The Washington Health Alliance last month released a report citing that approximately $341 million was wasted on superfluous healthcare tests and treatments in Washington state during a one-year period.

The report examined 48 measures of common medical tests and treatments, and ultimately discovered that 47 percent of performed medical services were found to be wasteful. Additionally, of the 2 million patients receiving the services examined, more than 1 million received care considered low-value.

“Nationally, experts agree that about one-quarter to one-third of what we spend on healthcare in this country is waste,” Susanne Dade, deputy director of the Washington Health Alliance, said in a statement. “This includes patients receiving unnecessary medications, tests, and procedures that have been shown to have little benefit under certain clinical conditions and that create the very real potential for harm to patients — physical, emotional, and financial. Based on our results for Washington state, the Alliance’s report underscores that waste in healthcare is a significant problem that is impacting millions of people and costing billions of dollars nationwide every year. “

The conundrum of these redundant tests and treatments is a burden on providers; insurance companies; employers; and, of course, patients.

One Eastside organization is working to reduce this waste through a clinically integrated network, or CIN, known as the Eastside Health Network (EHN).

Established in early 2017, this organization merges behemoth medical centers like Overlake Hospital and Clinics, Snoqualmie Valley Hospital, and EvergreenHealth with small- to medium-sized private practice providers across the Eastside to create an interconnected continuum of care.

How does this work?

Eastside Health Network“I’ll be fictional patient David, and I’m not feeling so great,” explained EHN’s Executive Director David LaMarche. “I go see my primary care doctor, with whom I have a relationship, and he (runs some tests) and says, ‘That knee looks pretty bad; you’re probably going to have to go see a surgeon for this.’ I get sent to a surgeon, and (she) redraws the labs and says, ‘Let’s get some imaging,’ which you already had done at your primary care doctor’s office — it sounds crazy, but it’s not uncommon.”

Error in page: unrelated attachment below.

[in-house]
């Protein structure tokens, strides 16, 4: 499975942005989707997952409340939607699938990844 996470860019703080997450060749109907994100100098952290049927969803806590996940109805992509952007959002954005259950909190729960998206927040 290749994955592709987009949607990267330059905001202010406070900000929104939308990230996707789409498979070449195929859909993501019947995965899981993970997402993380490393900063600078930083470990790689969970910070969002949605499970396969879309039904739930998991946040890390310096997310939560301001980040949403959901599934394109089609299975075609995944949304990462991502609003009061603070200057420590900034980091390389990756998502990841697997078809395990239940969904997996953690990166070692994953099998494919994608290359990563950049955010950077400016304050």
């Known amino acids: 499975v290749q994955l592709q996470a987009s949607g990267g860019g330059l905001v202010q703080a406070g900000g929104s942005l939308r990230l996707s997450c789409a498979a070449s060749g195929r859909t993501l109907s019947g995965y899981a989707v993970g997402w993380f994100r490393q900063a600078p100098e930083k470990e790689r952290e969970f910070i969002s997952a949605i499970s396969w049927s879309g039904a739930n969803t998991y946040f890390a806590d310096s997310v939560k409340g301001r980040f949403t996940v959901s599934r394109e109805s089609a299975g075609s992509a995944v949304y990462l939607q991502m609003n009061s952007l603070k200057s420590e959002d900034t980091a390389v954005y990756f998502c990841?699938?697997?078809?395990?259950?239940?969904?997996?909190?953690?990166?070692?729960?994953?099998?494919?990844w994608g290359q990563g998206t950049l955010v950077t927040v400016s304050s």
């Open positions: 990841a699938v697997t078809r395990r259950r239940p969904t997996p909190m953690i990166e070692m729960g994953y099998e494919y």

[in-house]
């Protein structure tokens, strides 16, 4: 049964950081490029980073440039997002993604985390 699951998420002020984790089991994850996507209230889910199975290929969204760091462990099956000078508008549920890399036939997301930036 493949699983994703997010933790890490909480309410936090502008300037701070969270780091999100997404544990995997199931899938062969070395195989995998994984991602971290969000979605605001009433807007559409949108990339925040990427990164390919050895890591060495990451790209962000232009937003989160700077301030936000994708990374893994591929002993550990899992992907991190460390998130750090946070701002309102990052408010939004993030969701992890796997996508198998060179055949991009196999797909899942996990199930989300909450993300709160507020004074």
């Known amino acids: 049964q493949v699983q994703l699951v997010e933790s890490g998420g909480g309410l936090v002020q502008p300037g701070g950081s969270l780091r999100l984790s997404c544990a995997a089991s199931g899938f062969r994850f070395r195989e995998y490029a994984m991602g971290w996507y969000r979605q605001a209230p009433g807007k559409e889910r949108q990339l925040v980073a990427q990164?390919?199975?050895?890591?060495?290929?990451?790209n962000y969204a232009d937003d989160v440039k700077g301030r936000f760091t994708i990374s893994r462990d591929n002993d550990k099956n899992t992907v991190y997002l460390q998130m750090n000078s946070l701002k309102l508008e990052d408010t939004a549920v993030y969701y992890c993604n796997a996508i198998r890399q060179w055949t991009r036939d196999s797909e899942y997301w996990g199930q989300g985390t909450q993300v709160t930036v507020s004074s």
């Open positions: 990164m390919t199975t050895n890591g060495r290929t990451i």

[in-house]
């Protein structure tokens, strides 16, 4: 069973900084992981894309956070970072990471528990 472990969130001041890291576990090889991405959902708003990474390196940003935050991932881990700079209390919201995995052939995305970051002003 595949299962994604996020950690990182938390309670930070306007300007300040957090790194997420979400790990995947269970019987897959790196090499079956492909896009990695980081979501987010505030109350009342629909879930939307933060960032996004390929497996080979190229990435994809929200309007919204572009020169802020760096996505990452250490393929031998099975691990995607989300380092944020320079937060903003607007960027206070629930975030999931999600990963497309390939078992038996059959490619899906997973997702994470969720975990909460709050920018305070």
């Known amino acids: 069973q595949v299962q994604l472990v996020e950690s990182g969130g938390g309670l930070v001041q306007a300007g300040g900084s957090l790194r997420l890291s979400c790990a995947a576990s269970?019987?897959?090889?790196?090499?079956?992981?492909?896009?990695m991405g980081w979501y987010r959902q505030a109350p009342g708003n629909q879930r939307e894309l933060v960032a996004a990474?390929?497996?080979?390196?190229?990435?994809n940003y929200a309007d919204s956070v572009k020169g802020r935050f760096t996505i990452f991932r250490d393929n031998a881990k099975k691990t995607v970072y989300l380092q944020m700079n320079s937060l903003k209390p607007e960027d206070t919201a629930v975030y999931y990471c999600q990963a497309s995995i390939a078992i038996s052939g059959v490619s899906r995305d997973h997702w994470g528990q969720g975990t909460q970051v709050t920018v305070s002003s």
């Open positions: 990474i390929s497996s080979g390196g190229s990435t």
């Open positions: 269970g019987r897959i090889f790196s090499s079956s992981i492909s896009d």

Suddenly, a small two- or three-person private practice medical clinic that has been family-owned for several decades can view lab results performed by the orthopedic surgeon, oncologist, or other specialist from places like EvergreenHealth. And vice versa.

This integrated network, like the one established by EHN, is not just a benefit to the patient, but to the hospitals and private practitioners, as well.

For Overlake Hospital and Clinics, the EHN has “amplified our ability to deliver the highest-quality care, as measured by outcomes and patient safety at a lower cost than some other systems in the region,” said Overlake CEO J. Michael Marsh. “If you have a well-coordinated system of care, you are able to provide higher quality at a lower cost, and that’s, at its core, what EHN’s purpose is.”

EHN has more than 1,430 providers in its network. Of those, more than 60 percent are independent providers not employed by one of the three hospital systems who benefit as well.

“(Operating a private practice is) a ton of work,” said LaMarche. “Their pay has stagnated, their work has increased, and the intensity of their administrative burden has increased. It’s really hard on those folks. That is why virtually all of the primary care (providers) — that are not employed by competitors like Virginia Mason, University of Washington, or Providence — are in our network.”

LaMarche said it is his personal mission to continue to bring in more private practice providers while continuing to improve patient care.

“It’s having a sense of community,” he said. “I feel like it buoys us, and it gives us some encouragement to persevere into the mission or goal that we’re called into, which for them is providing care in what is a complex and challenging environment.”